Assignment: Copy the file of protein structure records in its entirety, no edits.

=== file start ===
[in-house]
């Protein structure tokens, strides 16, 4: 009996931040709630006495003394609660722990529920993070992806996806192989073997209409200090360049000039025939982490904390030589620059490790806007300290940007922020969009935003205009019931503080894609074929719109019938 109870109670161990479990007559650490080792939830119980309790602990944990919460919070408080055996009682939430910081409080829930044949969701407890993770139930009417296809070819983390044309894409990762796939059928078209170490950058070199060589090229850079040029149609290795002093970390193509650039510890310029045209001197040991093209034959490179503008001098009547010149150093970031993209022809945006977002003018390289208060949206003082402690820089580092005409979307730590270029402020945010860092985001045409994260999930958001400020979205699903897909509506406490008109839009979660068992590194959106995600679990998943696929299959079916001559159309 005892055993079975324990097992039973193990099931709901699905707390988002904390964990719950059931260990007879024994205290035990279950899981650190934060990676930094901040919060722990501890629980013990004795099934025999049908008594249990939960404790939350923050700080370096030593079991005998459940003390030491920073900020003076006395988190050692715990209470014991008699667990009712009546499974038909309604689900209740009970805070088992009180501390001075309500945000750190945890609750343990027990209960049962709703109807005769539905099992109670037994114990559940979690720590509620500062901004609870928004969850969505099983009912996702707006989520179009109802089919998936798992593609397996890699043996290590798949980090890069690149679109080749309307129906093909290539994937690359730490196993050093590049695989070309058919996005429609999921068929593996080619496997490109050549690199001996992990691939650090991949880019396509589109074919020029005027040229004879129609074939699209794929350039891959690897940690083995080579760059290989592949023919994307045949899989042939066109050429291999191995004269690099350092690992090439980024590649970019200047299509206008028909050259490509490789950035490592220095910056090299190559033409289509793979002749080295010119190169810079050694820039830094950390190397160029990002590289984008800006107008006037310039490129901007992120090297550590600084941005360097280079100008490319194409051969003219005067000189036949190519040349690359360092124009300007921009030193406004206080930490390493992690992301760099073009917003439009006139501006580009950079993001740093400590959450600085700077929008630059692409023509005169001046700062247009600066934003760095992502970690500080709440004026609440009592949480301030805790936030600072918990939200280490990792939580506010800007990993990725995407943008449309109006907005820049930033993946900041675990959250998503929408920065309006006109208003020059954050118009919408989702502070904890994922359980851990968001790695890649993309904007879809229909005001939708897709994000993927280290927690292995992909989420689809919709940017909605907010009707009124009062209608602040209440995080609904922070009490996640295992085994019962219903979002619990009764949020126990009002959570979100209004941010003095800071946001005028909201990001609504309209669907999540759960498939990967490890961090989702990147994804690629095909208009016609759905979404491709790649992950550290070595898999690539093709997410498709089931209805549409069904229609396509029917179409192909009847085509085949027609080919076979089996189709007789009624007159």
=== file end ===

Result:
[in-house]
């Protein structure tokens, strides 16, 4: 009996931040709630006495003394609660722990529920993070992806996806192989073997209409200090360049000039025939982490904390030589620059490790806007300290940007922020969009935003205009019931503080894609074929719109019938 109870109670161990479990007559650490080792939830119980309790602990944990919460919070408080055996009682939430910081409080829930044949969701407890993770139930009417296809070819983390044309894409990762796939059928078209170490950058070199060589090229850079040029149609290795002093970390193509650039510890310029045209001197040991093209034959490179503008001098009547010149150093970031993209022809945006977002003018390289208060949206003082402690820089580092005409979307730590270029402020945010860092985001045409994260999930958001400020979205699903897909509506406490008109839009979660068992590194959106995600679990998943696929299959079916001559159309 005892055993079975324990097992039973193990099931709901699905707390988002904390964990719950059931260990007879024994205290035990279950899981650190934060990676930094901040919060722990501890629980013990004795099934025999049908008594249990939960404790939350923050700080370096030593079991005998459940003390030491920073900020003076006395988190050692715990209470014991008699667990009712009546499974038909309604689900209740009970805070088992009180501390001075309500945000750190945890609750343990027990209960049962709703109807005769539905099992109670037994114990559940979690720590509620500062901004609870928004969850969505099983009912996702707006989520179009109802089919998936798992593609397996890699043996290590798949980090890069690149679109080749309307129906093909290539994937690359730490196993050093590049695989070309058919996005429609999921068929593996080619496997490109050549690199001996992990691939650090991949880019396509589109074919020029005027040229004879129609074939699209794929350039891959690897940690083995080579760059290989592949023919994307045949899989042939066109050429291999191995004269690099350092690992090439980024590649970019200047299509206008028909050259490509490789950035490592220095910056090299190559033409289509793979002749080295010119190169810079050694820039830094950390190397160029990002590289984008800006107008006037310039490129901007992120090297550590600084941005360097280079100008490319194409051969003219005067000189036949190519040349690359360092124009300007921009030193406004206080930490390493992690992301760099073009917003439009006139501006580009950079993001740093400590959450600085700077929008630059692409023509005169001046700062247009600066934003760095992502970690500080709440004026609440009592949480301030805790936030600072918990939200280490990792939580506010800007990993990725995407943008449309109006907005820049930033993946900041675990959250998503929408920065309006006109208003020059954050118009919408989702502070904890994922359980851990968001790695890649993309904007879809229909005001939708897709994000993927280290927690292995992909989420689809919709940017909605907010009707009124009062209608602040209440995080609904922070009490996640295992085994019962219903979002619990009764949020126990009002959570979100209004941010003095800071946001005028909201990001609504309209669907999540759960498939990967490890961090989702990147994804690629095909208009016609759905979404491709790649992950550290070595898999690539093709997410498709089931209805549409069904229609396509029917179409192909009847085509085949027609080919076979089996189709007789009624007159």